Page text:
RV

When traveling in a recreational vehicle, it is important to understand what may potentially cause a fire, and to take steps to prevent a fire from occurring. Seventy percent of RV fires are due to electrical malfunctions; therefore, it is crucial that the vehicle is checked for damage. Prior to traveling, the transmission, wires, hoses, batteries, and engine compartment should be inspected. Tires and brakes also may be a source of fire and should be inspected. When using the stove for cooking, it should never be left unattended, and flammable items should be clear from the surrounding area. If anyone traveling in an RV smokes, they should do it outside of the vehicle only. For the safety of travelers both a carbon monoxide detector and smoke alarms should be installed. In addition, an ABC rated, five-pound fire extinguisher should be kept near the exit of the vehicle.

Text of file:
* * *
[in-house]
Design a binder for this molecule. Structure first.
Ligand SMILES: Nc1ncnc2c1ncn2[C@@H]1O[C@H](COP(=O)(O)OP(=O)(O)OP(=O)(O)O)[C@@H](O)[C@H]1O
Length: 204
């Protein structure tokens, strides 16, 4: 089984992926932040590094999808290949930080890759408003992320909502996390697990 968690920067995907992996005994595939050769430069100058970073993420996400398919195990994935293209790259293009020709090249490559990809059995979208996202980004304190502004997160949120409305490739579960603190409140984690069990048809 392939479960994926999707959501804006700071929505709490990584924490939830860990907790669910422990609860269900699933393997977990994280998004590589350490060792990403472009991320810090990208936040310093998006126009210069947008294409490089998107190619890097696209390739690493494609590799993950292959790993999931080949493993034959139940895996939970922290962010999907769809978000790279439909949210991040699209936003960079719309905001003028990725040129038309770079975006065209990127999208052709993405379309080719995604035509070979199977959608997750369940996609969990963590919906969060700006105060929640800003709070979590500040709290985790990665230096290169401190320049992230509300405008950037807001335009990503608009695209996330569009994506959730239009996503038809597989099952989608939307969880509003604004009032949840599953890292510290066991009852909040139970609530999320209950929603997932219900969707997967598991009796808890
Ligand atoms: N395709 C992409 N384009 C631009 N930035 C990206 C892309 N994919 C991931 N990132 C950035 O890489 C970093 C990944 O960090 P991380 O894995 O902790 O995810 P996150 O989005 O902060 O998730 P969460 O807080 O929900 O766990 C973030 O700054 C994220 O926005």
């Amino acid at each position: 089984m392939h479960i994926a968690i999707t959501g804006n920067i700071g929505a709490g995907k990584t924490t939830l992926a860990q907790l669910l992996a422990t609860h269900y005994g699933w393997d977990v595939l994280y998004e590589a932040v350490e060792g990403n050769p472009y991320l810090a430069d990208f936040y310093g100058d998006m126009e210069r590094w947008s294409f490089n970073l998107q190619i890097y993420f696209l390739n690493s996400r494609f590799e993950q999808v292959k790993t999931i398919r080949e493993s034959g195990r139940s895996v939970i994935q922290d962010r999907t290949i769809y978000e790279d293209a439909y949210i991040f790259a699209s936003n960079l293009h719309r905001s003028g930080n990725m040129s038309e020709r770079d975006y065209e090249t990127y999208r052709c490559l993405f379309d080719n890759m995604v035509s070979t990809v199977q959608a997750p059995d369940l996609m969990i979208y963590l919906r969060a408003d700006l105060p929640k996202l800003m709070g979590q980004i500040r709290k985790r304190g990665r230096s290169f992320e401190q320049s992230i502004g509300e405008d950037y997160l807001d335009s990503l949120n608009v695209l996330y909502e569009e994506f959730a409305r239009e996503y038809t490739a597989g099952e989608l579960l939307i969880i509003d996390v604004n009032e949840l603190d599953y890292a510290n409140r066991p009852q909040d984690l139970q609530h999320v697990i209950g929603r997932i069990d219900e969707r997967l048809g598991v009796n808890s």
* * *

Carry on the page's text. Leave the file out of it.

• National Fire Protection Association - Gas Grilling Safety: This page lists fire safety tips for both propane and charcoal grills. Tips are listed in bullet points beneath each type of grill. visitors to this page may also view the gas grilling safety slide-show.

  • Outdoor Grilling Safety: This is an outdoor grilling safety article that gives tips on how to avoid fire and accidental burns. The article presents the reader with two separate sections on grilling and fire safety.

  • Outdoor Cooking Fire Safety: Readers will find information about safely using charcoal and propane barbecue grills. Information on the page also includes fire pit safety information. Statistics on the number of grill related fires is also discussed.